Getting started with iPhone podcast app Overcast

From the developer of Instapaper, Overcast lands in the crowded iOS podcast app arena with a couple of features that might win you over.

Matt Elliott Senior Editor
Matt Elliott is a senior editor at CNET with a focus on laptops and streaming services. Matt has more than 20 years of experience testing and reviewing laptops. He has worked for CNET in New York and San Francisco and now lives in New Hampshire. When he's not writing about laptops, Matt likes to play and watch sports. He loves to play tennis and hates the number of streaming services he has to subscribe to in order to watch the various sports he wants to watch.
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Matt Elliott
3 min read

Screenshot by Matt Elliott/CNET

Marco Arment has gone from developing Tumblr to creating Instapaper to yesterday launching a podcast app for the iPhone. Overcast is free -- and ad-free -- but a group of features can be unlocked via a $4.99 (£2.99/AU$6.99) in-app purchase. The app is iPhone-only, but Arment states that an iPad version is planned. Android is not in the cards.

You must create an account to use Overcast. With an account, your podcasts are synced between your devices and the Web player at Overcast.fm. An account also lets Overcast limit the frequency with which it checks for new episodes, saving on battery life and data usage.

After creating an account with an email address, you are asked to add a podcast to kick things off. Overcast's podcast directory is organized into 14 categories, and you can also search via keyword or add your own via the Add URL button.

Screenshot by Matt Elliott/CNET

After adding your first podcast, you can add subsequent podcasts by tapping the "+" button in the upper-right corner. The other three buttons along the top, from left to right, open settings, show you the podcasts currently downloading, and show you the features you can unlock for $4.99.

In settings, you can adjust the seek back and seek forward time increments, and you can enable Seek Acceleration, which increases the interval during rapid seeks. You can also import your podcasts from another app and link to your Twitter account to get podcast recommendations from those you follow. Lastly, if you find Overcast not to your liking, Arment graciously links to five other podcast apps from independent developers.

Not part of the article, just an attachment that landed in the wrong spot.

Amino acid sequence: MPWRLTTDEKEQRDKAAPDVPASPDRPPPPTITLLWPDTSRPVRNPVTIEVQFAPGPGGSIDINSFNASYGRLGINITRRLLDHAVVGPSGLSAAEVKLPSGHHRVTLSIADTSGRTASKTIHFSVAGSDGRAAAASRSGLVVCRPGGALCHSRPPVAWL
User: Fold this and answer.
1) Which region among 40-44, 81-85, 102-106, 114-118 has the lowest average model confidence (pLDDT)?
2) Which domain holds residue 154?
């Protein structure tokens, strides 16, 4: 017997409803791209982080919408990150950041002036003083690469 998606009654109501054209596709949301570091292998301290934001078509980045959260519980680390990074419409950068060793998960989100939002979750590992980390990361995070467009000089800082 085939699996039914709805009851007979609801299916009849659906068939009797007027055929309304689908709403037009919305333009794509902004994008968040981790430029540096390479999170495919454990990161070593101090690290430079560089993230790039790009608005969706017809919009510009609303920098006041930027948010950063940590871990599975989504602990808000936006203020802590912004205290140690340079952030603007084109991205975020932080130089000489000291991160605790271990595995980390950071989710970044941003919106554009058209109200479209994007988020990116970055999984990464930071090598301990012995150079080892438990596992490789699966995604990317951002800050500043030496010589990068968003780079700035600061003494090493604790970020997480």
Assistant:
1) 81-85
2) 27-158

So, what are these features hiding behind the paywall? Have a look:

Screenshot by Matt Elliott/CNET

The two features that might have you ditching your podcast app of choice are Smart Speed and Voice Boost. Like most podcast apps, Overcast provides a slider to let you speed up the proceedings if you are short on time or want to zip through a portion of a podcast to a topic that's promised later in the show. I find these Chipmunks-voiced speed accelerations not enjoyable and somewhat anxiety producing. I tend to scrub through a podcast, jumping around to find my desired location.

What Smart Speed does is shorten the silences in the conversation, which gives you only a modest boost in speed but keeps things sounding surprisingly natural. Voice Boost normalizes the volume across a podcast, so that one podcaster sitting close to the mic and another sitting further from the mic or speaking via cell phone come at you at the same volume. And it does what its name implies and boosts the voices of a podcast. I found it very effective in making podcasters' voices loud and clear. You can try both features out for free for 5 minutes at a time.

Screenshot by Matt Elliott/CNET

You can get unlimited playlists and unlimited episodes in each of you playlists if you pay. The free service limits you to a single playlist of five episodes.

After using Overcast for an afternoon, I am giving serious consideration to switching over from Apple's Podcasts app. I think Smart Speed and Voice Boost are two useful features, and I love the look and feel of the app. The biggest drawback I find is that Overcast does not let you stream podcasts. I tend to do most of my podcast listening at home while on Wi-Fi and like to stream podcasts so I don't have to wait to download them and then remember to delete them later. Perhaps Overcast's iPad app will offer streaming, since you are more likely to use it over Wi-Fi rather than while on the go on a cellular connection.